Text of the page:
The Association Between Pitch Conditions and the Incidence of Injury in Rugby
Background: Environmental conditions have been shown to influence incidence of rugby injuries. Harsh weather conditions and detrimental effect on poor Kenyan rugby pitches create a unique environment for injury exposure. We conducted a whole population prospective cohort study to determine the association of pitch conditions with injury incidence and severity.
Methods: The study was conducted on 364 registered Kenya Rugby Union (KRU) players throughout the 2010 15-aside season. The injury incidence was calculated as injuries per 1000 match player hours (mph). Pitches were categorized into good and suboptimal based on quality indicators of ground characteristics. Injuries were defined and recorded according to the Rugby International Consensus Group (RICG) protocol and compared between the pitches.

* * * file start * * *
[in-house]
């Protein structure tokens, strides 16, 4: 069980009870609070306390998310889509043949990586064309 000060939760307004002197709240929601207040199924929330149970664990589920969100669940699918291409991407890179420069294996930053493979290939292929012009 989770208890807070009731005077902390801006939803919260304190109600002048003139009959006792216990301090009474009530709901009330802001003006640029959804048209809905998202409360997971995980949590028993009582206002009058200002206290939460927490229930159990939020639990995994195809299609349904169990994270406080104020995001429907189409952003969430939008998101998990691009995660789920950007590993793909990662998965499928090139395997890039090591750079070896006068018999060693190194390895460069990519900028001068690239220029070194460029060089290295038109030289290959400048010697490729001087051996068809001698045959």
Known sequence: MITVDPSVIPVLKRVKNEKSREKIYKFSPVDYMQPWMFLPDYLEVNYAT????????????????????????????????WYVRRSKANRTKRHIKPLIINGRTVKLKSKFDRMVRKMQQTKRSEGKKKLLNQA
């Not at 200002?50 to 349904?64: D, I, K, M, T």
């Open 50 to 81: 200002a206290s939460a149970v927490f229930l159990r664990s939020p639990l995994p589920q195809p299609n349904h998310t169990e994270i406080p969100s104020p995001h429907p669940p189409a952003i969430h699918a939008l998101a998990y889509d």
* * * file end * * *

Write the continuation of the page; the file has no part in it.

Results: One hundred and two injuries were recorded in 60 league games (2400 mph). Twenty nine of the 60 league games were played in the category B (suboptimal condition) pitches. The overall incidence of injuries was 42.50/1000mph. Good pitches had an injury of 29.0 injuries/1000mph (95% CI 0.81- 1.61) compared to 56.9 injuries/1000mph (95% CI 1.76- 2.90) for suboptimal pitches.
Conclusion: Although the overall Kenyan injury rate is comparable to the amateur level incidence from other studies, the higher rate associated with suboptimal pitches suggests interventions that can target pitch optimization.
Keywords: Injury rate, Ground conditions, Rugby, Kenya.